Touch of spice

Leading by example

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If you want to see what you look like -- what you really look like -- don't head toward a mirror. Look at your children.

Your words, your mannerisms, your expressions are all reflected in them.

Sometimes that's a good thing.

Sometimes it's a wonderful thing.

Sometimes it's not.

Children aren't just a mixture of DNA, they're the songs you sing, the books you read, the conversations you have. They're deep sighs, secret smiles, tight stomachs and hearts that skip a beat.

And every single thing you do makes an impression in them -- a knife in cheese.

You don't believe it until you really see it.

When the babysitter's dog jumped on Katie, my little girl stiffened her lips into a snarl and said, barely above a whisper with a harsh emphasis on the first syllable "don't."

I heard myself in her voice. I heard my mother.

That's continuity.

Being like my mother is something I said I'd never do. And that I am is something I never knew until I saw my little girl's face. Heard her words.

Saw my face. Heard my words.

I hear the same thing when she says "stop it" and "I can't."

I also hear the same thing when she says

"I love you."

I watch as she sits on the floor and tries to pose cross-legged like mommy. She brings one leg over the other and the bottom one sticks out on its own. It took some practice, but she finally figured it out.

She leans back against the counter, looks at me and folds her arms across her chest, glancing back and forth from my arms to hers to make sure she's doing it just right.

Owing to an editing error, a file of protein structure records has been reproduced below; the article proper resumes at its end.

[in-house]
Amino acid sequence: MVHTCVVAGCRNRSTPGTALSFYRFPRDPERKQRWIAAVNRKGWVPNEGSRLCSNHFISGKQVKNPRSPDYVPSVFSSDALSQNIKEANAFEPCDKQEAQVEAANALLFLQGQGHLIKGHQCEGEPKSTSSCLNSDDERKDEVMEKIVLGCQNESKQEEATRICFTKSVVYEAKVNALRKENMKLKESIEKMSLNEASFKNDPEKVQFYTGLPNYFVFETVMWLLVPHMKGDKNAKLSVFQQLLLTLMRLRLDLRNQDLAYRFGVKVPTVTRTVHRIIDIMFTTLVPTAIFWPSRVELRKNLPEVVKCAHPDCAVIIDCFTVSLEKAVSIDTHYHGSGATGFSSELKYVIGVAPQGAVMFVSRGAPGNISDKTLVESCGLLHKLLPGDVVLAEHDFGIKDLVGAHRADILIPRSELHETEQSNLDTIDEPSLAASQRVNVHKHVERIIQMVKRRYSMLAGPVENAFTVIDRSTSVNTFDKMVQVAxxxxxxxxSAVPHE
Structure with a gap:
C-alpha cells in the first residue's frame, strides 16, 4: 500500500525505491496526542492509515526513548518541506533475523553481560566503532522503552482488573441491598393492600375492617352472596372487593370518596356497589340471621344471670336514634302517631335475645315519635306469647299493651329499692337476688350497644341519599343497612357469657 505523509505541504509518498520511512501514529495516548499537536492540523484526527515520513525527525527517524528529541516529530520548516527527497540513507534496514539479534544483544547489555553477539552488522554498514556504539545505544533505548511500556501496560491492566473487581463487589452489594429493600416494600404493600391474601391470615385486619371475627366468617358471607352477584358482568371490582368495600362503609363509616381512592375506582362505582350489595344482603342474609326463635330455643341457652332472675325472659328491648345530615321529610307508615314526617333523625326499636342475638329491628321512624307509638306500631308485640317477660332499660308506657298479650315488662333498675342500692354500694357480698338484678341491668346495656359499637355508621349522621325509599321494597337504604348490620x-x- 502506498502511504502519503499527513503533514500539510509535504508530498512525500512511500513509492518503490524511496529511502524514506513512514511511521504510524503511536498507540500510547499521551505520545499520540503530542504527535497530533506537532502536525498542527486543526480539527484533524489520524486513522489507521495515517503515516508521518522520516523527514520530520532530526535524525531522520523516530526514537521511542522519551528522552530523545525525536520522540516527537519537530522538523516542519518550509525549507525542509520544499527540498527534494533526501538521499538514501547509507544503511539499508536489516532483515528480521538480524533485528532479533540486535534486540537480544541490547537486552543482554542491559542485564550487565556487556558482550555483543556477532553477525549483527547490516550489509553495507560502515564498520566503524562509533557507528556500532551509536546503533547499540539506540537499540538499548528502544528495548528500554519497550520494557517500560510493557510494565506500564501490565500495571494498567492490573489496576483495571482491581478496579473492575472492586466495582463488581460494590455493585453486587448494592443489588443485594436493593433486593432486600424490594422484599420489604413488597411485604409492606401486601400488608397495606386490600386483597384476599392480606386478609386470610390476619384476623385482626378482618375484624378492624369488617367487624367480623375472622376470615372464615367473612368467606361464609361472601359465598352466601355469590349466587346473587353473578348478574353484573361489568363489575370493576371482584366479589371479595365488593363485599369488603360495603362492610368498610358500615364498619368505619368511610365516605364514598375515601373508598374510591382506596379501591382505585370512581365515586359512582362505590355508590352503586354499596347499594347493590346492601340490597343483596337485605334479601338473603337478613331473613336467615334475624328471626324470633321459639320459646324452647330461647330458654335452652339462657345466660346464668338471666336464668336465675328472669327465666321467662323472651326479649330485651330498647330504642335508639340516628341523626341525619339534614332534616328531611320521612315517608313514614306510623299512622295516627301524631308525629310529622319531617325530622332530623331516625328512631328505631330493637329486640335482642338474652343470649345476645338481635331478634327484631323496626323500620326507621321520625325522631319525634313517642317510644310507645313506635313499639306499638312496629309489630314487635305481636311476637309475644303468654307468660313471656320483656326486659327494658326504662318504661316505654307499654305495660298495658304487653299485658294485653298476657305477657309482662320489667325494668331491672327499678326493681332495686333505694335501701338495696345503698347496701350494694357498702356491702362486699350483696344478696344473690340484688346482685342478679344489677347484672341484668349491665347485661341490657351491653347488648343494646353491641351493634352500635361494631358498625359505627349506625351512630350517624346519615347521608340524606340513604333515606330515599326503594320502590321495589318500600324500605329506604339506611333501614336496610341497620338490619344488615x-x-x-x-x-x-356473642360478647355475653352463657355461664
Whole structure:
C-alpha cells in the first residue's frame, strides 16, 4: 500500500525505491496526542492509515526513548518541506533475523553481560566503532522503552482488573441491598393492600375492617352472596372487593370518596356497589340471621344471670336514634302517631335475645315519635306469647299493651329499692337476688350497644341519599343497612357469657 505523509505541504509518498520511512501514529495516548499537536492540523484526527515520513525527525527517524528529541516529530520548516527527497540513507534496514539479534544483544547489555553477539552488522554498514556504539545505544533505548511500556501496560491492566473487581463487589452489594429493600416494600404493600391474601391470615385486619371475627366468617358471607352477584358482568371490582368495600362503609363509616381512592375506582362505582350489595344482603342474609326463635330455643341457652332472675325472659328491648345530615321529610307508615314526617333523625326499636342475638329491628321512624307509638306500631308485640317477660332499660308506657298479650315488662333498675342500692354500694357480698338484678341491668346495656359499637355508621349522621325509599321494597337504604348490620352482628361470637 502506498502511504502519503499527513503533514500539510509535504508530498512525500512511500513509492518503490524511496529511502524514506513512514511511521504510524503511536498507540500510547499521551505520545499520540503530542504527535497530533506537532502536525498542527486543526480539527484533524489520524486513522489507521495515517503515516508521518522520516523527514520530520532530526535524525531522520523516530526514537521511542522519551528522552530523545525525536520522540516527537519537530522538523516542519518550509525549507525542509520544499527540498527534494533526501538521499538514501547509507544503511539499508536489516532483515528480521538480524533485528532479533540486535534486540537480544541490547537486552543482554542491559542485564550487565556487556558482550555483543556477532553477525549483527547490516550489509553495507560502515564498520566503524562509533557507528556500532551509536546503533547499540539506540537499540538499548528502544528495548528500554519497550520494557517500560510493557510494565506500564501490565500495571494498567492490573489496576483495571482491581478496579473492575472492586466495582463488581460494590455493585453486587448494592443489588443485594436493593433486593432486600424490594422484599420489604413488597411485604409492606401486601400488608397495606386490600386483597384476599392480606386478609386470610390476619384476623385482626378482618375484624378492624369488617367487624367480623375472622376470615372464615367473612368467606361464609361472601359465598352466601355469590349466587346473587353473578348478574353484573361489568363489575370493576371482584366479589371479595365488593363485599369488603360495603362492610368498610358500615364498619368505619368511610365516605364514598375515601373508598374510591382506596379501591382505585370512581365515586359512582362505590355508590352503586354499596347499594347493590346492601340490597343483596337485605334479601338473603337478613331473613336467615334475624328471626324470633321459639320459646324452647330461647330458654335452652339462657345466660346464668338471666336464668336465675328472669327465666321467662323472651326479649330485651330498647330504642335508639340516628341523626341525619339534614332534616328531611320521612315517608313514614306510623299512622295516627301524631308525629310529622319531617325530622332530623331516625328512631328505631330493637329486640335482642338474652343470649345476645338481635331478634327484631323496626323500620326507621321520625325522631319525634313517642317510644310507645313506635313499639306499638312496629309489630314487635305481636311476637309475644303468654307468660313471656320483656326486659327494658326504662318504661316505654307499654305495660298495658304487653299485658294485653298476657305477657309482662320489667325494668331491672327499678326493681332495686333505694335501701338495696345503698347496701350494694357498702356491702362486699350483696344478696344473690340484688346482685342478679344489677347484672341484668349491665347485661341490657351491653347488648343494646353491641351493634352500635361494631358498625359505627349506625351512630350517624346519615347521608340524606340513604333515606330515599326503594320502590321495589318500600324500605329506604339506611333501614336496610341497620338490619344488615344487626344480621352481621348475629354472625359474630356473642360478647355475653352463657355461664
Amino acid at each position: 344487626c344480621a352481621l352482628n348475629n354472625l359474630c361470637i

When she dances, I see my moves, my rhythm in her two-year-old steps. She's wavering between copying me and copying her father there. God, I hope she picks me.

But they're always their own people. One of her dance moves -- definitely not from me -- is one where she lays down and kicks her legs into the air and then jumps up and resumes.

Then again, maybe that's something I had once when I was more energetic and flexible.

I'm sure she didn't get her penchant for hiding in a corner and writing on her stomach and arms from me.

Her moodiness? Yes.

Her ability to sleep anywhere? Yes.

Eating lotion? No.

Ability to watch the same movie over and over? Yes.

Cleaning up the dollar-sized dallop of ketchup on her plate using one french fry? No.

Katie dropped her bottle of the bed.

"Damn it Katie!" she said.

Oh my God, did she learn that from me?

There are traits you hope they pick up and some you pray they don't. And it's pretty much a draw which way it's going to go.

All you can do is hope you model behaviors you'd be proud to see them repeat.

I have some work to do.

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